First of all, it’s not the “boogeyman.” It’s the “bogey man.”
The American slang some parents used in the 1950s to threaten their misbehaving children with being carried off by some sort of hobgoblin actually dates back to the 1800s in golf terminology.
In the 1890s, there was a popular song in Scotland titled, “Hush! Hush! Hush! Here comes the Bogey Man,” according to ScottishGolfHistory.org. So, golfers in that era figured they were playing against “Mister Bogey” in terms of making the best score on a hole. That was adopted as the standard score for a hole during that era.
At approximately the same time, the concept of “par” also came into vogue. As far back as 1870, golf writer A.H. Doleman asked what the ideal score would be for the Open at the 12-hole course at Prestwick in Scotland. Pros agreed 49 should be the standard. Young Tom Morris won with two-over par for three rounds, totaling 36 holes.
In 1893, the Ladies Golf Association in Great Britain adopted “par,” a stock market concept, as the standard score for a hole, and the Men’s Golf Association followed suit a year later, a clear case of gender equality long before women ever were permitted to play at St. Andrews. Yet, the concept of “par” wasn’t adopted universally in Great Britain until 1925.
Meanwhile, the United States Golf Association in 1911 ruled the maximum distances for a par 3 would be 225 yards, 425 for a par 4, 600 for a par 5 and 601-plus for a par 6. Technically, those distances haven’t changed much. The longest distance for a par 3 now is 250 yards, 470 for a par 4 and 690 for a par 5. But the USGA now exceeds the 250-yard limit for a par-3 and the 470-yard limit for a par-4 in championship competition.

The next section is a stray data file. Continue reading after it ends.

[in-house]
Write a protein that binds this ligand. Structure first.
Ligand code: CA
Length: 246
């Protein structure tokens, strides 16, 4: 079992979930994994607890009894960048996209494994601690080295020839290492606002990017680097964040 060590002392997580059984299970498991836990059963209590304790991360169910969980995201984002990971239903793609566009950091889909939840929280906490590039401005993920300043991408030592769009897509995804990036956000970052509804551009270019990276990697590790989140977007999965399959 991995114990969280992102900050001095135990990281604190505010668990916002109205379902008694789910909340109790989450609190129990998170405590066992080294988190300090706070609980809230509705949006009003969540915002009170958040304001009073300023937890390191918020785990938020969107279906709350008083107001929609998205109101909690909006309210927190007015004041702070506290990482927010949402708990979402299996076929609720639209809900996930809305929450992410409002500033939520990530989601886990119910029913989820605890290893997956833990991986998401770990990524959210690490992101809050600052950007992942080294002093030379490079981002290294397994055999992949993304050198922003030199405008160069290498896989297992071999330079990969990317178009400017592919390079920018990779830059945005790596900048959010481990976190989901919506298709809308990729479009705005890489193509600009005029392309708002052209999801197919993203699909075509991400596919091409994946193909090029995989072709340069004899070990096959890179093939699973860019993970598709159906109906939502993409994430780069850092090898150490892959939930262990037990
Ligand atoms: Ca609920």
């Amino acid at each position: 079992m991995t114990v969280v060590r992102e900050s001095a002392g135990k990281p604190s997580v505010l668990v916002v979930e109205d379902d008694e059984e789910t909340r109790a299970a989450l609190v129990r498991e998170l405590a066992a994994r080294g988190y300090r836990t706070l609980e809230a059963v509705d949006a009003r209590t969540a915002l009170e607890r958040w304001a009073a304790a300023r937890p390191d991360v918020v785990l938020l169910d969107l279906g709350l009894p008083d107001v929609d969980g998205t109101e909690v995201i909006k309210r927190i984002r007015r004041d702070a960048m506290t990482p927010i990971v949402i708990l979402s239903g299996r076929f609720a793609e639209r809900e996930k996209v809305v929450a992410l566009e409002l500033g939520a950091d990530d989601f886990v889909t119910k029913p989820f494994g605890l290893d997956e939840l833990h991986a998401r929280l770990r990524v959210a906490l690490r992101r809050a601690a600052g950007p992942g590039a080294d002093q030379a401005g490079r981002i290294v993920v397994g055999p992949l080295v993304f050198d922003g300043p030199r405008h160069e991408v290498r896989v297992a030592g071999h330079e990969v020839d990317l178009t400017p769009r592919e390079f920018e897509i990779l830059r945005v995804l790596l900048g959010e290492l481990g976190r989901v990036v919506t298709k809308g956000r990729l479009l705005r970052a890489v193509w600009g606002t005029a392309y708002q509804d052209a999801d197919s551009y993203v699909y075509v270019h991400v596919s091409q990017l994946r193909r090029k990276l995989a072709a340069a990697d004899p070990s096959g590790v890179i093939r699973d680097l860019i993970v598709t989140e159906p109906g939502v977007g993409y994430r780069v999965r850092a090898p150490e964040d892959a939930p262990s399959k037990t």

In fact, five holes on the front nine at Shinnecock Hills and three on the back nine exceed the normal yardage limit for par. A fourth hole on the back nine, the 468-yard par-4 12th is just two yards short of the normal limit for a par-5, and the par-5 16th hole has been extended to 616 yards.
Despite those lengths, there still will be plenty of “birdies” and maybe a few “eagles.” The term “birdie” — one under-par — stems from popular slang in the early 1900s. If something was considered good or great, it was called “bird.”
Applying the term to a one-under-par score might have come from general usage, but the Country Club of Atlantic City lays claim to the original when A.B. Smith and his brother William Smith played with George Crump, who later built Pine Valley in New Jersey, one of America’s iconic courses. A.B. Smith hit his second shot within inches of the second hole and called it “a bird of shot.” From then on, they called a one-under-par score a “birdie.”
Having established the “bird” motif for sub-par scores, it wasn’t long until a two-under-par score evolved into “eagle,” the bird Americans associate with patriotism. This became common usage in Britain by 1919.
But a three-under-par score is called an “albatross.” This continues the bird theme, but it is considered a British term. The first known reference was in 1929 after the development of steel-shafted clubs made such a thing possible.
Golf really is a sport with a language known only to its practitioners. Some other terms and their definitions:
Bunker: On seaside courses, sands mounded and were shaped into “hazards” known as “bunkers.” They appeared in the 1812 Royal & Ancient Rules of Golf.
Fairway: As far back as 1744, the course proper was referred to as “fair green.” But there were no lawnmowers, so the main path to the hole was referred to as the “fairway” even though it was overgrown, a term Scottish fishermen used for a navigable channel.
Links: A true “links course” is built on sandy soil between the sea and land. The name is derived from the Anglo-Saxon word “hlinc,” dating to 931 A.D. Shinnecock Hills is not true linksland. It was more wooded, but the USGA cut down several trees. The course is more open and exposed to wind than the last U.S. Open at Shinnecock in 2004.
Golf: The first recorded mention, according to ScottishGolfHistory.org was in 1457 as “gouf,” a forbidden stick and ball sport. The Dutch had a word “kolf,” meaning a bat or club. When Dutch sailors reached Scotland, they played a game on linksland similar to what they played on icy canals that evolved into modern golf.
Mulligan: Hotelier David Mulligan, who ran the Biltmore in New York City and several major Canadian hotels, was a member of St. Lambert C.C. in Montreal and was famous for re-teeing on the first hole after poor drives. His friends began calling that practice a “mulligan,” and it stuck.